Can Kylian Mbappe give PSG Champions League parting gift?

Kylian Mbappe in UCL Semi-final, 1st Leg vs Dortmund
Kylian Mbappe in UCL Semi-final, 1st Leg vs Dortmund (PC: X)

RevSportz Comment

Fans of European football’s legacy clubs love to taunt them by saying the name of the club should actually be Plastic Saint-Germain. The inference is clear, that PSG are not a ‘real’ football club, but instead just a consequence of the obscene wealth that the Qatari state has pumped into a team that had won the French title just twice before 2011.

Their 1-0 defeat in the first leg of the Champions League semi-final against Borussia Dortmund would have been viewed as poetic by many. Dortmund may not have PSG’s resources, but the atmosphere whipped up by the sea of yellow in the stands would have made many a Parisian turn green with envy. Dortmund’s yellow wall can be even louder than Liverpool’s famous Kop on European nights, and is one of the reasons why so many players and even coaches leave the club with such fond memories.

Semi-finals and finals of major tournaments can often be cagey affairs, dictated by a safety-first approach. But Wednesday night saw an extraordinarily open contest where both teams had enough chances to have run up a tennis score. Instead, Niclas Fullkrug’s first-half strike settled the contest.

If Kylian Mbappe is all about cat-like strength and gazelle-like speed, Fullkrug seems a semi-clumsy throwback to the era of big target men. But when a long ball was punted from deep inside the Dortmund half, he bent his run beautifully to stay onside, cushioned the dropping ball perfectly with his first touch, and finished quite clinically past Gianluigi Donnarumma.

Fullkrug is the kind of journeyman player PSG would never sign. But an XI full of pedigree could not find a path to goal. Ashraf Hakimi hit the base of one post, Mbappe curled a shot against the other, and Ousmane Dembele skied over when it seemed easier to score.

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Kylian Mbappe
Kylian Mbappe (PC: X)

There were plenty of signs though that PSG have moved on to the next stage of their evolution – the quest to become a football team rather than a vanity project. The Galactico years are now firmly in the past. The likes of Lionel Messi, Neymar, Edinson Cavani, Angel Di Maria and so many others came and went while leaving barely a footprint. Not one of those players would call the PSG years the highlight of their careers. More than a few fans viewed them as mercenaries when they arrived, and little was done to correct that impression before they left.

This summer, they will lose Mbappe as well, the last of the Musketeers on eye-watering wages. It speaks volumes of the kind of club PSG are that Mbappe, born and raised in the city, never seemed to view playing for his hometown club as the pinnacle. For all the fame and celebrity, David Beckham will tell you that nothing ever topped winning the Champions League with Manchester United, the team he has supported since he was old enough to kick a ball. Similarly, no matter where Trent Alexander-Arnold plays the rest of his career, winning the English Premier League and the Champions League with Liverpool, the club of his heart, will always be the high watermark.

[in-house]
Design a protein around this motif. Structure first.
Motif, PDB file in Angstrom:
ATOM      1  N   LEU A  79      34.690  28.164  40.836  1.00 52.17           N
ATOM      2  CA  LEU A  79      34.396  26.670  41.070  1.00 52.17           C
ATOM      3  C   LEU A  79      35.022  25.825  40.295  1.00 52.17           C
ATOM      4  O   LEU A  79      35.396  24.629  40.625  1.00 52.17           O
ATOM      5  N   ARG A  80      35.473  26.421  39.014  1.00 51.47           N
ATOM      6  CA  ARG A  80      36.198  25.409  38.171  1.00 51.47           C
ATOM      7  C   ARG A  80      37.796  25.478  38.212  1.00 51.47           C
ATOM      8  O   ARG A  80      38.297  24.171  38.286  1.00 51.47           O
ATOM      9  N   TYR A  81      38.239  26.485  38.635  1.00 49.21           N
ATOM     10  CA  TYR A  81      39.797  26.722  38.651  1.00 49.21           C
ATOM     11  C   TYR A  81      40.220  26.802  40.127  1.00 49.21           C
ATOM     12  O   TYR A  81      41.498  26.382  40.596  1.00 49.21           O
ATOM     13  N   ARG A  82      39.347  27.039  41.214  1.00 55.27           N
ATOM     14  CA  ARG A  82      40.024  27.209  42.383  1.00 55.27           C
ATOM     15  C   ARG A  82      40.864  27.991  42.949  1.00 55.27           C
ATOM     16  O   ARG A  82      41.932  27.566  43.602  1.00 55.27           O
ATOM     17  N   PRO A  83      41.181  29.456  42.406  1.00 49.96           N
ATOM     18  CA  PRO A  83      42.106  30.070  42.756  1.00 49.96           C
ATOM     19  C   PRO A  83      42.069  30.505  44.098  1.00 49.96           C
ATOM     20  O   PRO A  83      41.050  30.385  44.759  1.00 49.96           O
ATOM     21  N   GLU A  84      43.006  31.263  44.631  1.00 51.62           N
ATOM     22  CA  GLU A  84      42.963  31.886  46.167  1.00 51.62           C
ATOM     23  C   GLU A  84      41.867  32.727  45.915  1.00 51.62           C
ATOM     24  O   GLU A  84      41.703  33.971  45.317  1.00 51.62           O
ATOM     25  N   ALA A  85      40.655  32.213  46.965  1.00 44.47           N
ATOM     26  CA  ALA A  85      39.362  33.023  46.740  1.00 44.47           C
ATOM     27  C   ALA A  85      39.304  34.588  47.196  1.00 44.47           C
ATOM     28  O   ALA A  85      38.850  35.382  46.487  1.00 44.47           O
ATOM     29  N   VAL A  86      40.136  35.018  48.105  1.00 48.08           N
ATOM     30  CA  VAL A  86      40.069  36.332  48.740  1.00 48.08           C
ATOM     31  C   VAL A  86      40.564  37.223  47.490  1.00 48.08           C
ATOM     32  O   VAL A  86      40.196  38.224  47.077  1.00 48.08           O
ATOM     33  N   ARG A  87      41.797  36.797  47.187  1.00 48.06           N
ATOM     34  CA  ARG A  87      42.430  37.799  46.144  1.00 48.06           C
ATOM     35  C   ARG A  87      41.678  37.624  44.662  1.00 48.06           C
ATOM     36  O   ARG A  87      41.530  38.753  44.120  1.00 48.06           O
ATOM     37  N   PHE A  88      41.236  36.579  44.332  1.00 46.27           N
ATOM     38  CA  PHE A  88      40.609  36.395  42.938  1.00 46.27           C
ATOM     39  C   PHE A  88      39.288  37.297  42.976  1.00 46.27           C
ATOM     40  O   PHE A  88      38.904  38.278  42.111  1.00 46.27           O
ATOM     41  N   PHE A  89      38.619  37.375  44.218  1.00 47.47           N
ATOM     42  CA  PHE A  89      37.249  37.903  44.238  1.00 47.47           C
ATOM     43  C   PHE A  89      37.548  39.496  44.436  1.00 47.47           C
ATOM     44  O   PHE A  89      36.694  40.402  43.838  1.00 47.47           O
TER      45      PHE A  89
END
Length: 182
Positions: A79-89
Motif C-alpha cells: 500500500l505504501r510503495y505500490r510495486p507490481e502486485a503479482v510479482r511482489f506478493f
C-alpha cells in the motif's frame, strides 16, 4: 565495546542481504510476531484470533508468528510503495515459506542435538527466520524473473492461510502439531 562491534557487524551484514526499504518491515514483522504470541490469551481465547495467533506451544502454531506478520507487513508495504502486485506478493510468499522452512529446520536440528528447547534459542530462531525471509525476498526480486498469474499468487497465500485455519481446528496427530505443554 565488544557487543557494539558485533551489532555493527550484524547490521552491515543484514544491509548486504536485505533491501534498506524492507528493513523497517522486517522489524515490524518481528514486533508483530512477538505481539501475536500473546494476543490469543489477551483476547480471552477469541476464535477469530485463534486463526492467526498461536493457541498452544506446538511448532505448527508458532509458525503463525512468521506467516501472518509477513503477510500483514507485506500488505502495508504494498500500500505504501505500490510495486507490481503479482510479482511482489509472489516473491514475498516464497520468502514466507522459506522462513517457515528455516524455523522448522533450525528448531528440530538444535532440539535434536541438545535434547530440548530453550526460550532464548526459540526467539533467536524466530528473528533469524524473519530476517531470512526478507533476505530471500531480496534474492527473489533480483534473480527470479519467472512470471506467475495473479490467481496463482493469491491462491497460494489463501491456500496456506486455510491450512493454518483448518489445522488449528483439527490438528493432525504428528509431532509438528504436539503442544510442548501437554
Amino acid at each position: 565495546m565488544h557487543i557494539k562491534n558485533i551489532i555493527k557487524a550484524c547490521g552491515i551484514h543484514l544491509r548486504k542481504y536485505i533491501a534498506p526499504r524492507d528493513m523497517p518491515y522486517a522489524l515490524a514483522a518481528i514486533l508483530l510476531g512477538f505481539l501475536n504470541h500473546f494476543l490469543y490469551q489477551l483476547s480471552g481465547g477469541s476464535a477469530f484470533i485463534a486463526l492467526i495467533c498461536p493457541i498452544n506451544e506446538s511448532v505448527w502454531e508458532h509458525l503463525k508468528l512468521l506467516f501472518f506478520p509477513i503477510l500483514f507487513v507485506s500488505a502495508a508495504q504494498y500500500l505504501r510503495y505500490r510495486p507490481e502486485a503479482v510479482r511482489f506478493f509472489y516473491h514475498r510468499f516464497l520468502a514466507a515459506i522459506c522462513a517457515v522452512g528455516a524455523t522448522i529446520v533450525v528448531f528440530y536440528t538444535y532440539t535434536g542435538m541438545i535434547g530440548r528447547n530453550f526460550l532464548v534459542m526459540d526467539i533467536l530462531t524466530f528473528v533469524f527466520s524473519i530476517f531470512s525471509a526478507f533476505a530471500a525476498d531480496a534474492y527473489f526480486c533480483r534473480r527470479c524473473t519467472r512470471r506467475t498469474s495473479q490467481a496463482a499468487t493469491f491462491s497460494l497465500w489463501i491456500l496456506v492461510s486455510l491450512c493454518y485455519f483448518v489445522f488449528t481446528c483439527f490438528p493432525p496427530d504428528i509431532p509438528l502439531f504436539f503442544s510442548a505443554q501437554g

It would be ironic in the extreme if Mbappe was to help PSG end their Champions League jinx, and that too against Real Madrid, the club he has been angling to join for nearly half a decade now. You also get the impression that, for all his matchless skill, PSG might be better off without him, the ego and the huge salary. By bringing through local talent like Warren Zaire-Emery, who just turned 18 in March, the club has signalled a change in direction after the billions spent on big names failed to land the big prize.

Perhaps those in the boardroom in Paris have finally looked across the Channel and seen how things should be done. There are plenty of question marks over Manchester City’s creative accounting methods, but not a soul can quibble with how beautifully they set up their football operation. A state-of-the-art academy produces the best English talent, like Phil Foden, and the recruitment is usually spot on. Compared to the funds wasted by the likes of PSG and Manchester United, City are a role model for the rich.

But they are out of Europe, and despite the first-leg defeat, you sense PSG will never have a better chance to get their hands on club football’s biggest prize. And if it was Mbappe’s goals that finally took them to the Promised Land, there could be no greater parting gift.

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